Author: Will Ferguson
Genre: Contemporary fiction, literature, Canadian
Rating: 3 out of 5 stars
As always Will Ferguson has immaculate writing. I always really enjoy his writing style, pacing and flow. Without a doubt this Canadian (and from my local city, Calgary!) has a writing ability that is far above many others who write fiction novels (of any kind).
As with any book with a scientific focus there are a lot of technical aspects that Ferguson has to explain to us. These were probably my favourite parts of the book. Ferguson adapts a style reminiscent of Michael Crichton or similar to Mira Grant, in which he is 'teaching' the reader at a high level what it may mean to do certain tests or control environments, etc. I found this very palatable and interesting.
The Shoe on the Roof has a very obvious and linear plot. There is our lead guy who is researching the idea of how god exists in the brain. He falls in love, loses the girl and then finds out her brother believes he is Jesus Christ. So lead find wants to help girl's brother and so he pursues three people who believe they are Jesus Christ and begins therapy/testing on them.
Simple right? Sure, until you get into the psychosis of our leading man... or and the random mystery thrown in.
The 'real' story
I would argue that the short plot summary above is in fact not the plot at all. The actual plot is three-fold:
1) Is there a scientific way to definatively prove that god does not exist?
2) Is our leading man too mentally broken, himself, to have an objective opinion.
3) There is an emerging mystery that pops up mid-way through
It's clear that Ferguson feels the idea of god and mental health to be a very complex (and he's correct) topic, and one that depending on your viewpoint can be discussed for eternity. That is really the story here in my opinion. One about mental health, god and the idea of what people believe and why.
So why only 3 stars?
There are a few reasons why The Shoe On the Roof didn't resonate with me as much as the stellar bestseller 419 from Ferguson.
- I didn't get excited about reading it; or sad about putting it down. Overall I was very blah about reading the book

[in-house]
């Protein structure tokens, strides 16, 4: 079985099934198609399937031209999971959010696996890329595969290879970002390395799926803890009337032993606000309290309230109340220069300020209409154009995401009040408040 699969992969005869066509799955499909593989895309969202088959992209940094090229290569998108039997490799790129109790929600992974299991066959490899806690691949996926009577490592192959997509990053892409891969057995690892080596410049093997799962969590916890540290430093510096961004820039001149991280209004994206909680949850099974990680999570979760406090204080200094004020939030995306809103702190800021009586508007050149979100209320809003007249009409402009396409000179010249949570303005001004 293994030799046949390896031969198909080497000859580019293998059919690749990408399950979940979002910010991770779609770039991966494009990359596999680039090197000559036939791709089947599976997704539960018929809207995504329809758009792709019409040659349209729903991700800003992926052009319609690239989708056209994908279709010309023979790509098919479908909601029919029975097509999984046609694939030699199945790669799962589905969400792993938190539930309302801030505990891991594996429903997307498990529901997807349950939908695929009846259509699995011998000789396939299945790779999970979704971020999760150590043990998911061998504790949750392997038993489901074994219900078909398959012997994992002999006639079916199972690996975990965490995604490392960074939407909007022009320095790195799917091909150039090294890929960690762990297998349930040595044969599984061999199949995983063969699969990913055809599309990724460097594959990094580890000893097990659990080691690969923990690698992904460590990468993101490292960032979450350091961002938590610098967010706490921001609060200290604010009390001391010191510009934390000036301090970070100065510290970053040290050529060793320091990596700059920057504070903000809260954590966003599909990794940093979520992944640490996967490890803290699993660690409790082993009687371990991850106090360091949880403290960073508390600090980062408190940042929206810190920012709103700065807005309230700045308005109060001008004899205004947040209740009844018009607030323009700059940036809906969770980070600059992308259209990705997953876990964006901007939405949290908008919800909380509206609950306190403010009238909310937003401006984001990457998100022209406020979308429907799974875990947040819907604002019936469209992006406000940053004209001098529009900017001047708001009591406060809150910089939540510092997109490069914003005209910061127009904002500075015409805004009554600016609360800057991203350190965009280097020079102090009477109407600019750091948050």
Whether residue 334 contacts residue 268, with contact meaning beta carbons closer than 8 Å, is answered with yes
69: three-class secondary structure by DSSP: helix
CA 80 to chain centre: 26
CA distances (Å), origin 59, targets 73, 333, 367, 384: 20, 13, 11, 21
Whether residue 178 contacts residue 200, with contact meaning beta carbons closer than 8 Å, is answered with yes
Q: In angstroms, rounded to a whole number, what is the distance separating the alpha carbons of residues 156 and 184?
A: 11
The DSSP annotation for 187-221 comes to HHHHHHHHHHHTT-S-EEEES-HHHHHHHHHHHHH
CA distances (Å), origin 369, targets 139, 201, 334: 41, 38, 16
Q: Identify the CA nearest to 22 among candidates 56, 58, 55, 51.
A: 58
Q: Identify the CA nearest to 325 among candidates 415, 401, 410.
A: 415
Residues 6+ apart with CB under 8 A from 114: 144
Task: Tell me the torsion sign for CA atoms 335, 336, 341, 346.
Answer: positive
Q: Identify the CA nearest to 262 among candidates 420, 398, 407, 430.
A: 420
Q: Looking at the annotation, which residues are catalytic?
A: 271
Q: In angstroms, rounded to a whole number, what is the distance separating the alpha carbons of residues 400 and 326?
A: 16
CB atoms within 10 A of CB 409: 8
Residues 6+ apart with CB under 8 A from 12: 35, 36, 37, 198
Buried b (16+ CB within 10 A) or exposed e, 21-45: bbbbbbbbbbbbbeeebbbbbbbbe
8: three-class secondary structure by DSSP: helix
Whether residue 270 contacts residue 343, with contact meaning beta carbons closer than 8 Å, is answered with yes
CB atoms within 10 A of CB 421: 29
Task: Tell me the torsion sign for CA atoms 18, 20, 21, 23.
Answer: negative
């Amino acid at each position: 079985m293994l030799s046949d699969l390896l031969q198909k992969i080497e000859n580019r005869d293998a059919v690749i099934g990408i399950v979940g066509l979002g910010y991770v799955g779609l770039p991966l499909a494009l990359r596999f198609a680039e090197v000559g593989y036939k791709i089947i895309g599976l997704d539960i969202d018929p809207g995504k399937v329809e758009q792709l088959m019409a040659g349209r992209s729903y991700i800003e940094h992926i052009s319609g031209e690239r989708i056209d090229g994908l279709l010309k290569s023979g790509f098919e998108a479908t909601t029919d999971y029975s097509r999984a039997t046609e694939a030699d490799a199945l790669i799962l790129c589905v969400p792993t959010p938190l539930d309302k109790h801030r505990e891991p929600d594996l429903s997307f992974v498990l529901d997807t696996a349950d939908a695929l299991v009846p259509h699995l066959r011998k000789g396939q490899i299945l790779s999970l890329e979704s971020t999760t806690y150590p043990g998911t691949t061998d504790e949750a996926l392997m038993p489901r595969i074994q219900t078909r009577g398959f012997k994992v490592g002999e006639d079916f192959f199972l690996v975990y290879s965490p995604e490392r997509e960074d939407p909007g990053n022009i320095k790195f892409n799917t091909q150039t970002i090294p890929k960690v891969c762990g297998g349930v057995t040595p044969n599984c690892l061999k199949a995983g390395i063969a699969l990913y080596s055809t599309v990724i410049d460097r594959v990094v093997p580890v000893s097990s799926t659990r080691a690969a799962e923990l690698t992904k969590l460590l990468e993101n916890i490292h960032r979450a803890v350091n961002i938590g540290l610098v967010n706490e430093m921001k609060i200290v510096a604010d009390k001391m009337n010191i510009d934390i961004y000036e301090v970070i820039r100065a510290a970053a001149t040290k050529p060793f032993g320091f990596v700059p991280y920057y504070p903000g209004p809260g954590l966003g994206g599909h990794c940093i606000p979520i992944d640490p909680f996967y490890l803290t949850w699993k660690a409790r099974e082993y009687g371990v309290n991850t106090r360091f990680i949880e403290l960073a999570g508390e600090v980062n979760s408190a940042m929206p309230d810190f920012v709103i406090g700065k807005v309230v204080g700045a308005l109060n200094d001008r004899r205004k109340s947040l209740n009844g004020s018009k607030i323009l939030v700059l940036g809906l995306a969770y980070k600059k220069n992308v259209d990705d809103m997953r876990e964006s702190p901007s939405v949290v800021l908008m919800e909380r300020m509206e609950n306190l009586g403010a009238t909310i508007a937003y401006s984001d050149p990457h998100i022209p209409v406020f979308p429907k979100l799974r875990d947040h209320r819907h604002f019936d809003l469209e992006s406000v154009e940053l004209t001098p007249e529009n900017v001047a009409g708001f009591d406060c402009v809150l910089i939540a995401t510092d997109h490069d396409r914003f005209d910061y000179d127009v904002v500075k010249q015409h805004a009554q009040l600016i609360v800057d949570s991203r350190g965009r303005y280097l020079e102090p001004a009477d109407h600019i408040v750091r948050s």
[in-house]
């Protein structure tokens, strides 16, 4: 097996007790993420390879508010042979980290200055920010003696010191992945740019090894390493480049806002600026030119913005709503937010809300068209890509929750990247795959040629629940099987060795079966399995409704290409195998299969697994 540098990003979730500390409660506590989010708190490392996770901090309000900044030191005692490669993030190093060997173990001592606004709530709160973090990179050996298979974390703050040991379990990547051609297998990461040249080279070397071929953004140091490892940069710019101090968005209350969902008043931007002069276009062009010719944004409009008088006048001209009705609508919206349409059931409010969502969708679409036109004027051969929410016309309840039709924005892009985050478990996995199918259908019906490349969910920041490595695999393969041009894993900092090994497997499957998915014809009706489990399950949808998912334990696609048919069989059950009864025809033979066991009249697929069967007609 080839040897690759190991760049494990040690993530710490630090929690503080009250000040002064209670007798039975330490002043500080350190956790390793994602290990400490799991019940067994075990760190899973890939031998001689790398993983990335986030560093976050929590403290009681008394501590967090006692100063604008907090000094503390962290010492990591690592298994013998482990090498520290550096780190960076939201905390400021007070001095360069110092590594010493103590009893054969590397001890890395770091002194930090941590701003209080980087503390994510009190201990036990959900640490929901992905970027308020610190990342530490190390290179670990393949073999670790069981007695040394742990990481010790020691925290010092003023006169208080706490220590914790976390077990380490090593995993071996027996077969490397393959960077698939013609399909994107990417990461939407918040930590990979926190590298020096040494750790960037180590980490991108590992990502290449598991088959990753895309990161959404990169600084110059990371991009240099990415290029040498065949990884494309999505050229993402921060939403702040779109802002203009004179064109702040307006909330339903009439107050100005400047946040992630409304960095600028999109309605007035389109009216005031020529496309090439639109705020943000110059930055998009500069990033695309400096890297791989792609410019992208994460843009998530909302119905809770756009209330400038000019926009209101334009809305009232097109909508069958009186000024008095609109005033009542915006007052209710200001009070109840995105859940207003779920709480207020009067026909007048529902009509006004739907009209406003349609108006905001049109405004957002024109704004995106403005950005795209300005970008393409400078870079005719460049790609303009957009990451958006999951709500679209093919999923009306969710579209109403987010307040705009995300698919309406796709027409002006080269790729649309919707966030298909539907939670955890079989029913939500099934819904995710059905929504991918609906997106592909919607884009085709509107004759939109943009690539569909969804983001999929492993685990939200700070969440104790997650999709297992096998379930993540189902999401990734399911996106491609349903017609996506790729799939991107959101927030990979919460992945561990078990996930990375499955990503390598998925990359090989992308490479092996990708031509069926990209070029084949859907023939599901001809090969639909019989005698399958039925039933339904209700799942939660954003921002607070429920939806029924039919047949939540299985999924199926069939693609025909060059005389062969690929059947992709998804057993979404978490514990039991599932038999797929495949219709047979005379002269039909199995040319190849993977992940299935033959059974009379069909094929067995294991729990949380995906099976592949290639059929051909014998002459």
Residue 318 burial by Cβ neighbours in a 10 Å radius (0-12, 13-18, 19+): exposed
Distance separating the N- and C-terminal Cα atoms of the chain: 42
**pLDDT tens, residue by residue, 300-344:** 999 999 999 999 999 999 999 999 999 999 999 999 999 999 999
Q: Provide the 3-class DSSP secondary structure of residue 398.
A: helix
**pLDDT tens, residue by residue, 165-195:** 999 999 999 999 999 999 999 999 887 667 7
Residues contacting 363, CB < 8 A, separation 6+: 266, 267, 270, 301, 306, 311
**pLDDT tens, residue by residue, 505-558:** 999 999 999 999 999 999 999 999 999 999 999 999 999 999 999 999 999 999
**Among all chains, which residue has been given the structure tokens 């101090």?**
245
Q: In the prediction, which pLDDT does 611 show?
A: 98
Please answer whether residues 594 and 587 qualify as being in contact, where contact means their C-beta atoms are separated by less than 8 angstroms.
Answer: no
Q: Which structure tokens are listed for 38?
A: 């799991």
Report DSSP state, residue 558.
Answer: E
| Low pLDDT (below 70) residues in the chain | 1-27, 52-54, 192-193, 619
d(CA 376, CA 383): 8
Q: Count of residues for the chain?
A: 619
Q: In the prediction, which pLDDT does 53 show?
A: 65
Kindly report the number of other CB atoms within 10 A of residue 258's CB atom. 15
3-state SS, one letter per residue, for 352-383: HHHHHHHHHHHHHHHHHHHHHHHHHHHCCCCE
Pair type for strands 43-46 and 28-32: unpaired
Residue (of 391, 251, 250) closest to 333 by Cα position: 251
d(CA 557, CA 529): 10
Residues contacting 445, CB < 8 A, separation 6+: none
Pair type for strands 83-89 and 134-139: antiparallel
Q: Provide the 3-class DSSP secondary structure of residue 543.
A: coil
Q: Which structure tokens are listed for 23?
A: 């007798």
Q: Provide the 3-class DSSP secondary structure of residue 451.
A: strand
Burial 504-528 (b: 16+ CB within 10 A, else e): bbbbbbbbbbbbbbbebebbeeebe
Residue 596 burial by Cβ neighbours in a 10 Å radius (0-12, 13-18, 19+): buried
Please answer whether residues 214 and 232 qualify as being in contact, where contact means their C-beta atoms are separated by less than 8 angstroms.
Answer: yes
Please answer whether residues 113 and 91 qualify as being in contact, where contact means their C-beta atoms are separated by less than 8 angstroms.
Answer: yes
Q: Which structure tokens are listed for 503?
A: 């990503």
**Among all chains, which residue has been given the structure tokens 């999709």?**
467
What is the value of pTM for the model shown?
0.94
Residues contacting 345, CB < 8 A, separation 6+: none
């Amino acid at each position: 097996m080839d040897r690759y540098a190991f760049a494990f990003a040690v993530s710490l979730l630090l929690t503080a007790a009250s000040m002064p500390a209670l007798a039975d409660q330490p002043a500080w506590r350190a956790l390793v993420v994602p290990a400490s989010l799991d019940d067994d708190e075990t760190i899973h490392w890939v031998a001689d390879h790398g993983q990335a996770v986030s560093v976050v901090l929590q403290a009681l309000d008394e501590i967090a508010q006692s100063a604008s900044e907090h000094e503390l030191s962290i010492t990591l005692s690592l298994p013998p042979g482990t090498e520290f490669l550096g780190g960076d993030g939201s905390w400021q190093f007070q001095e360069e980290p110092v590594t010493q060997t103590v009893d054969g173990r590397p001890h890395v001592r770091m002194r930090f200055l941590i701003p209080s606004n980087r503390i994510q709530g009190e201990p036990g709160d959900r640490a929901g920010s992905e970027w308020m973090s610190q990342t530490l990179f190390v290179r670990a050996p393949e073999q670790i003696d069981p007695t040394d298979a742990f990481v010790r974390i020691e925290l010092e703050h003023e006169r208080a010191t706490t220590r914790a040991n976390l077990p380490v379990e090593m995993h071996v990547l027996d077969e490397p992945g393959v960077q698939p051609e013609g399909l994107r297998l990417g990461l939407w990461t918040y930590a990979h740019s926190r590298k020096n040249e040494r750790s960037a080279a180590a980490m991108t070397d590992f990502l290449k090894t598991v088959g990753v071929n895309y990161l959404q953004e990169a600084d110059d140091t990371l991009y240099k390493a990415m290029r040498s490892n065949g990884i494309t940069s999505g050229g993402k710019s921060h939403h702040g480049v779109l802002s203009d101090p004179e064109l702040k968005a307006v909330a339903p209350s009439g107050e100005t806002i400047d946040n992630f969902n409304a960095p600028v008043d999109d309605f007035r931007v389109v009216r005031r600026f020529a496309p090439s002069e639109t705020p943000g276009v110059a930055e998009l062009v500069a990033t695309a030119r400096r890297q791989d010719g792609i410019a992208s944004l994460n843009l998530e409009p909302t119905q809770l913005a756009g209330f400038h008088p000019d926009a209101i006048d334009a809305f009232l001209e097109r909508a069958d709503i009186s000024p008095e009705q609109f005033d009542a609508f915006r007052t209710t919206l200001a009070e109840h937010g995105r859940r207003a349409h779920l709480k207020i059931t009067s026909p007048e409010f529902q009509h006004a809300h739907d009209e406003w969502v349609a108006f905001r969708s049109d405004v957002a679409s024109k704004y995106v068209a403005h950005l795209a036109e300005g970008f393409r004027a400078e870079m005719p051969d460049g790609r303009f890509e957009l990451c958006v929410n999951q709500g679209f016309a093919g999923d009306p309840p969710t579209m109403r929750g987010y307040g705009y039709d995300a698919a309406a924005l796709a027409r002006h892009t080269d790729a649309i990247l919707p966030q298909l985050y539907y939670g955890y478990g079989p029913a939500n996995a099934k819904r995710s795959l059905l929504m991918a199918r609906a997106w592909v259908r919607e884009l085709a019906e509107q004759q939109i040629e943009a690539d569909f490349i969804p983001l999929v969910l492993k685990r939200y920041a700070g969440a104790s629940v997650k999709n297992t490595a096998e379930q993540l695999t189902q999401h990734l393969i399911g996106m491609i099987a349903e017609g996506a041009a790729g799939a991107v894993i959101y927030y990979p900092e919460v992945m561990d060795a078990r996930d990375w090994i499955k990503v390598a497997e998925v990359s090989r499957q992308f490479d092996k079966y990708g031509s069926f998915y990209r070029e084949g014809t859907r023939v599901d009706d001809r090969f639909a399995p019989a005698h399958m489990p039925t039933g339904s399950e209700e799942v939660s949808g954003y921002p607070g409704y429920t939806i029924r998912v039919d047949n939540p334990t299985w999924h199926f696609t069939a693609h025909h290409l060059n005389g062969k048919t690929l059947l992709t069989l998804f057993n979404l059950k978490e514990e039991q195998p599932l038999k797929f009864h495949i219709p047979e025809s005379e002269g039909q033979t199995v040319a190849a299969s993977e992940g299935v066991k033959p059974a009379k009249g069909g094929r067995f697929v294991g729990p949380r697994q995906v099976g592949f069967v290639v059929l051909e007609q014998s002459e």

- I never really got a sense for the main character. I wanted more from our leading man. I wanted to really understand his childhood that involved being studied. There is some of it there, but that is the story I think I really craved. I'd have rather read about his childhood than his endeavor to enter the medical profession.
- The mystery kind of popped up and was clearly side-story until the end when it suddenly felt like main story. I didn't like this transition and it took away from our main characters overall pursuit of science in the end.
- I had some fundamental concerns about how certain topics (especially mental health) were portrayed here...
Mental Health Portrayal
As someone who never really understood mental health; and used to think people could just 'get over' things, I was disturbed by one of the messages that you could derive from Ferguson's characters. Especially because it comes from our 'expert' doctor. As someone with a medicated anxiety disorder it is disturbing for me to read that mental health may not a physical problem, but instead more an emotional or social one. While this is true at the core of it's essence; the doctor then goes on to talk about how you just have to change the patients 'cognitive' function. It really disturbed me that this was too easy a way to easily dismiss mental health as something the person just needs to 'fix' or get therapy to 'fix.
That said, I am 90% sure that Ferguson is actually trying to get readers to think outside the box of medications and therapies for mental health. That is in fact (I believe) the whole point of our lead man's perspective and scientific pursuit. He has the idea that maybe we are approaching problems from the wrong angle or perspective. And I certainly understand this is the purpose of the book. But it doesn't diminish how uncomfortable I was thinking someone might walk away with the wrong idea and just assume that mental health folks are just weak and need more willpower. Maybe I'm being paranoid but I just can't get over how compelling of an argument it felt, especially from our 'expert doctor' character.
I will always read Will Ferguson's work. If only to be reminded of what solid writing is. Ferguson likes to tackle somewhat controversial issues and ask the reader to see the other side. He does this so well in his bestselling book 419 (as we develop sympathy for our Nigerian scammer). In The Shoe on the Roof I think he has done a good job of presenting all arguments and leaving things open to interpretation of the reader. As the reader you get to decide or think on the different perspectives and make a decision for yourself; or determine that it's too complex to really know about. Really good books make you think and certainly this book made me think.
At the end of the day I was disturbed by some of the counter ideas in Ferguson's novel and even a couple days after finishing the book can't seem to shake them. So for that, and that I never felt drawn into the story in a really solid way, I will stand behind my 3 star review. Even though Ferguson is, without a doubt, a 5 star writer to me and I cannot wait to read his next book; whatever the topic might be.
Please note: I received an eARC of this book from the publisher via NetGalley. This is an honest and unbiased review.